Joby Catto2013-07-30 17:21:002013-08-30 16:00:14Flash flooding in Todmorden, West Yorkshire
Click/tap the image above to view a panoramic 360° view of the scene in your browser.
Flash flooding hit parts of Todmorden on the afternoon of Monday 29th July 2013, and affected the areas of Gauxholme and Shade, as well as further upstream in the village of Walsden and elsewhere.
The worst part near us was Rochdale Road being flooded by an overflowing Walsden Water, between Shade and Gauxholme in Todmorden. The force of the rapidly rising water pushed against the sides of the bridge, collapsing the walls and pushing out through the retaining walls. The resulting water and masonry quickly filled Rochdale Road. This then poured down the road, flooding adjacent properties. A video of this can be seen below. The aftermath of the severely damaged bridge can be seen in the 360° panoramic photo at the top of this page.
I live here, so this was something which directly affected me and my neighbours. Many were worse affected than we were. Below is a series of hastily-shot images from the day (I was more concerned about helping muck in – and muck out – than take decent photos or videos at the time), as well as some of the aftermath in the area.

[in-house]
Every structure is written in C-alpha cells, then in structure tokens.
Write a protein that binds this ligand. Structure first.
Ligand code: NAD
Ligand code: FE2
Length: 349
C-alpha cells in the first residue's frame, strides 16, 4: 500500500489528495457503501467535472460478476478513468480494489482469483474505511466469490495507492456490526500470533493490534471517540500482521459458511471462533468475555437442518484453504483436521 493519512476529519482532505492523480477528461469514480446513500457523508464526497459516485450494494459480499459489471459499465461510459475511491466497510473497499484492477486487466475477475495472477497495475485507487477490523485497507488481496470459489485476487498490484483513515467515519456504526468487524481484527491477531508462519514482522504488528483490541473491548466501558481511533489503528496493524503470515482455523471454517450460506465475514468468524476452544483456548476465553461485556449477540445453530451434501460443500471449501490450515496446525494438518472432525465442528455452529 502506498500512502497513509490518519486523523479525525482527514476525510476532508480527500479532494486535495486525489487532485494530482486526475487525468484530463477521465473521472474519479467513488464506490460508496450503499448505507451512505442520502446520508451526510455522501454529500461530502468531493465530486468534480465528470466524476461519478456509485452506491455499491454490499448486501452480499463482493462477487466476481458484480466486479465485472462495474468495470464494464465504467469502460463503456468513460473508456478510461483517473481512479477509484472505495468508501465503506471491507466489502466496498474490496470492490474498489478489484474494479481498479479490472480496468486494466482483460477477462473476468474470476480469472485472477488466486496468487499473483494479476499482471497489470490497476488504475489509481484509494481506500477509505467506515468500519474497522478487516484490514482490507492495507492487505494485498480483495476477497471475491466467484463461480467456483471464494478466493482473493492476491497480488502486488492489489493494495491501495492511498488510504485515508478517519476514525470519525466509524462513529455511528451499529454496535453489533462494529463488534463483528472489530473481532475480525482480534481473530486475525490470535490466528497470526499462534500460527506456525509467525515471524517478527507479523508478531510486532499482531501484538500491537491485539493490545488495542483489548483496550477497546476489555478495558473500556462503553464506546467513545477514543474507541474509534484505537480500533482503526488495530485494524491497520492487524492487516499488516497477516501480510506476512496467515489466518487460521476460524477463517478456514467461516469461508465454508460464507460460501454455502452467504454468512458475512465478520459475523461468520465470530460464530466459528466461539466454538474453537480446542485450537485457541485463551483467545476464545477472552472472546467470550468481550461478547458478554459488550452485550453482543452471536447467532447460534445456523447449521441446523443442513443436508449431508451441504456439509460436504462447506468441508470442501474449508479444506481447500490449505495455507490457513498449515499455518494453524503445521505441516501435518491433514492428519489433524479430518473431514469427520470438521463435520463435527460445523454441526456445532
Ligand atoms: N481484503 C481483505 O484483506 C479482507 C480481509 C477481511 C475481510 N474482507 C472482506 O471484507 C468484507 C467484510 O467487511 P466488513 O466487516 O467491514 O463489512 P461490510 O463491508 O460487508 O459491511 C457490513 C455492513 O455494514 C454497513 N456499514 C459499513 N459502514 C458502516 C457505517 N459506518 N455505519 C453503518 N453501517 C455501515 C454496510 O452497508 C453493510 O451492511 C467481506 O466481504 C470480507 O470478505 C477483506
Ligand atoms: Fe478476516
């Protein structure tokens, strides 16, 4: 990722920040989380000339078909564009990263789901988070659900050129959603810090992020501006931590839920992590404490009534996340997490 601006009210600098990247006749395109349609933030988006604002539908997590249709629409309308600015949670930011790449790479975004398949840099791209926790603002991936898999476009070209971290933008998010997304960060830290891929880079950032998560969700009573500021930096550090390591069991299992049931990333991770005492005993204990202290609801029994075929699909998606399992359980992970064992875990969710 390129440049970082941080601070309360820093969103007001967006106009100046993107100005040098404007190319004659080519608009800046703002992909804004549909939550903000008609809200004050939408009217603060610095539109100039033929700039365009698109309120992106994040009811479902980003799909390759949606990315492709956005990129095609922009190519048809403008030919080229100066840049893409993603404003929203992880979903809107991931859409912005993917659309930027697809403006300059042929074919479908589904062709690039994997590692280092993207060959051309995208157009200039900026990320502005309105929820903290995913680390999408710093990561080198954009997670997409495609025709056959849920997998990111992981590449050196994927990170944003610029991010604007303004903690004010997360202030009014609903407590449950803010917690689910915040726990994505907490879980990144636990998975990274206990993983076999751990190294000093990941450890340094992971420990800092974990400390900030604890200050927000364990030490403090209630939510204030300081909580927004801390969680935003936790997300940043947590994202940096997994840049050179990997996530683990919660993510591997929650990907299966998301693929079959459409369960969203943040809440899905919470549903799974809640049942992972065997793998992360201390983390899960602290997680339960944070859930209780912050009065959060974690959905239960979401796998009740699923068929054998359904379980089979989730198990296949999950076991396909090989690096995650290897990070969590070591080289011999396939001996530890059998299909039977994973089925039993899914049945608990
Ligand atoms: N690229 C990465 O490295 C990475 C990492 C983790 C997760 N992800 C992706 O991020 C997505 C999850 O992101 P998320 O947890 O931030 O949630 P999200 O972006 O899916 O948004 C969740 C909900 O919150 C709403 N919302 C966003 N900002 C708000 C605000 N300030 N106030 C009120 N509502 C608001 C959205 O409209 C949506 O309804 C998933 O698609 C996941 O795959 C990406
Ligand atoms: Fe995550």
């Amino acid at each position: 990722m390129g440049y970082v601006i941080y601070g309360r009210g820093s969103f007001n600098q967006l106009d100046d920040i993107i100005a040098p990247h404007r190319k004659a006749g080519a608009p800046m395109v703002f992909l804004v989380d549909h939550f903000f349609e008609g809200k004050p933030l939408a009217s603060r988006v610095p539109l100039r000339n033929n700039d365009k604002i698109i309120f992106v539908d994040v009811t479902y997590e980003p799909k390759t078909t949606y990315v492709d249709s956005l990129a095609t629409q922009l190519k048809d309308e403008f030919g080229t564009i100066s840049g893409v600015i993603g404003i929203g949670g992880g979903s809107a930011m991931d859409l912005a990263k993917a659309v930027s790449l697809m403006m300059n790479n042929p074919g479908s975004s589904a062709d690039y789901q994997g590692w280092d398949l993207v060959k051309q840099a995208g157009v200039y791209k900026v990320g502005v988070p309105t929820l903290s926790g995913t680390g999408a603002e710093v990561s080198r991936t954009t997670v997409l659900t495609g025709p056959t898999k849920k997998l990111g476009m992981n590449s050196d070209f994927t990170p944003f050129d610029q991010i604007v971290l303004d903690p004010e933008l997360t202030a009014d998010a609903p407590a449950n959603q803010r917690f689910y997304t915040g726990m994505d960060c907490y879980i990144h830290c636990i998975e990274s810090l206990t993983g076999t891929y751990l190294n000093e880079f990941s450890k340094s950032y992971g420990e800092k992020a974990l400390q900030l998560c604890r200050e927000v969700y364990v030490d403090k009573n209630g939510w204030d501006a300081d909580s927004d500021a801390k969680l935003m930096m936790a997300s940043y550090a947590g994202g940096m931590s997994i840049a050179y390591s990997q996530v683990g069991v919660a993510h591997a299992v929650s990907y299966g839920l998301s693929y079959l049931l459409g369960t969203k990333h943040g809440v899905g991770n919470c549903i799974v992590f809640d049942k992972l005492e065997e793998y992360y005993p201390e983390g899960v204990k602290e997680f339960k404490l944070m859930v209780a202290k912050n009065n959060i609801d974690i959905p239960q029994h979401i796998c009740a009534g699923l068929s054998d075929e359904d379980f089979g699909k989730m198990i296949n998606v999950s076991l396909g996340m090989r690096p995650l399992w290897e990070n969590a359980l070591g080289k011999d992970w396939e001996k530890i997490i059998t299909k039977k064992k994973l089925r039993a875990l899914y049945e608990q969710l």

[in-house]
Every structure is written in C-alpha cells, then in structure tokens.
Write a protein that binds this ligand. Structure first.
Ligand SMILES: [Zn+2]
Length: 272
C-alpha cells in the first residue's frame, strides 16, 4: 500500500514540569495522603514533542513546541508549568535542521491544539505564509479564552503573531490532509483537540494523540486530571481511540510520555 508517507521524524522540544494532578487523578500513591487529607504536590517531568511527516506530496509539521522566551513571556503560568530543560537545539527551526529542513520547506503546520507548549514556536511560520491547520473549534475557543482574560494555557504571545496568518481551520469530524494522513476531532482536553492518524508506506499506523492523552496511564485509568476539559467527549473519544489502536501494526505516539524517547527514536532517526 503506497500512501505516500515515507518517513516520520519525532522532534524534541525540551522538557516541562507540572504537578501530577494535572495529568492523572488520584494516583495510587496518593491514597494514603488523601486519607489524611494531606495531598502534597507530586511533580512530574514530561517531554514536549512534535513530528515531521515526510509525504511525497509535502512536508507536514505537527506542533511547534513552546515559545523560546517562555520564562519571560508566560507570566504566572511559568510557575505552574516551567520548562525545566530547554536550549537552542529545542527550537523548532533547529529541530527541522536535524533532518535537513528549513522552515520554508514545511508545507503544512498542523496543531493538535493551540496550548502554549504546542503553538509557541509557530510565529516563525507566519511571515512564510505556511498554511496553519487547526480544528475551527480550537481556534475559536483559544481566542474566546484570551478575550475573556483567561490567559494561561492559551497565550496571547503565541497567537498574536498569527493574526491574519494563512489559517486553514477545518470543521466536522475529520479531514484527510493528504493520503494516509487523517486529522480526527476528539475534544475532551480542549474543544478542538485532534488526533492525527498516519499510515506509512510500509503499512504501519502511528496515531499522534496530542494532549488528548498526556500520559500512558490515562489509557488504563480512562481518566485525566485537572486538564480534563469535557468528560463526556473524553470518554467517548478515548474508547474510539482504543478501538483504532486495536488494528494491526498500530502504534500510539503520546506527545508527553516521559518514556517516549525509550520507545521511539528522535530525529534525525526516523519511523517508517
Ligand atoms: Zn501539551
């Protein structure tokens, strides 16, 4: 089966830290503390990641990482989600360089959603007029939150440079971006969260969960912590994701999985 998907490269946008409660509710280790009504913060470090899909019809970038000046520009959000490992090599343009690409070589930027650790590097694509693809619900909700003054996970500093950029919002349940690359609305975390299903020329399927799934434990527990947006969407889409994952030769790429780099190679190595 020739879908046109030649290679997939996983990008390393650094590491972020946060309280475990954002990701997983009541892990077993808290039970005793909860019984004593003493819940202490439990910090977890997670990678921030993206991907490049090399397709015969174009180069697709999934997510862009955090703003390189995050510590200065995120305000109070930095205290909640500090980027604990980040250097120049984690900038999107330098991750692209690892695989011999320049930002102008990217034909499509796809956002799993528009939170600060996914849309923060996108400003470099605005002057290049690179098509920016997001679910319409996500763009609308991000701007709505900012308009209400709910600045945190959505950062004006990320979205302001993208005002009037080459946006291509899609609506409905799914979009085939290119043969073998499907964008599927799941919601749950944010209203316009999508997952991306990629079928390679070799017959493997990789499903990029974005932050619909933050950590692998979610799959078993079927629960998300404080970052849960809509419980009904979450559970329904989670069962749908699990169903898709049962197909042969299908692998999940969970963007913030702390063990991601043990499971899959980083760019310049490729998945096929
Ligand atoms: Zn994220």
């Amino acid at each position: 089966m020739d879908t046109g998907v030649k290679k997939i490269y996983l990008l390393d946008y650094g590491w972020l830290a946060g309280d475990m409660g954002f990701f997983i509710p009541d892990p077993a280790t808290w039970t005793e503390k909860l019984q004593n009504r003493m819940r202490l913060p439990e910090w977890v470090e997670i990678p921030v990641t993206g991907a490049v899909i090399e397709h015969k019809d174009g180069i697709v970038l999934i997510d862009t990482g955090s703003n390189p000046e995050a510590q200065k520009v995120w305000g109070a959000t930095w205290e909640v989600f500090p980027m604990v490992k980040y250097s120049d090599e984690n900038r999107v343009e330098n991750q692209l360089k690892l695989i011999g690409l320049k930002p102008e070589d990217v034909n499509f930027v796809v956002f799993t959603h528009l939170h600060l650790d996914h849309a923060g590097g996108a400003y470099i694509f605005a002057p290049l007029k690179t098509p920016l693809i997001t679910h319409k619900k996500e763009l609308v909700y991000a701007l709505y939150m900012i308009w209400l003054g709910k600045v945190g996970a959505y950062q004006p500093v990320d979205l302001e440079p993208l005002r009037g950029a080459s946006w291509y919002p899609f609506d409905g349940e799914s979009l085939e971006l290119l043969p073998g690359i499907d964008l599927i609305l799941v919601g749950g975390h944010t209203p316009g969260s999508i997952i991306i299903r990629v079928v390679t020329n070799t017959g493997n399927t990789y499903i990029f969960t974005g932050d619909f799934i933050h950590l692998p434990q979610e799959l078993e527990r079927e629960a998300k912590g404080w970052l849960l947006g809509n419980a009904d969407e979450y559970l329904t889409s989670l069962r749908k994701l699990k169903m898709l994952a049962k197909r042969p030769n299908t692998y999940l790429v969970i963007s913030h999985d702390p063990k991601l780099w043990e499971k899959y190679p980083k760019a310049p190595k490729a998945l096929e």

As with previous recent floods in the upper Calder valley, there will be debate, speculation and frustration at some of the infrastructure, mechanisms and organisations tasked with monitoring and redcuing flood damage: whether they worked as planned, or provided the necessary support or subsequent reaction after the incident. The flood sirens only went off after the floods peaked, providing no useful warning as the sensors they rely on don’t monitor this part of the river network.
However thanks go to Calder Valley Flood Victims group on Facebook, Calderdale First / Calderdale Council, Community Foundation for Calderdale, Environment Agency and contractors Volker Stevin for a lot of hard work clearing up the mess afterwards. Most importantly, to all the volunteers and residents in the area who worked tirelessly to try and resist the floodwater, as well as clear it up subsequently. And no thanks to the handful of selfish, dangerous drivers who drove recklessly through the floodwater, sending waves into homes and residential streets, despite people trying to slow them down.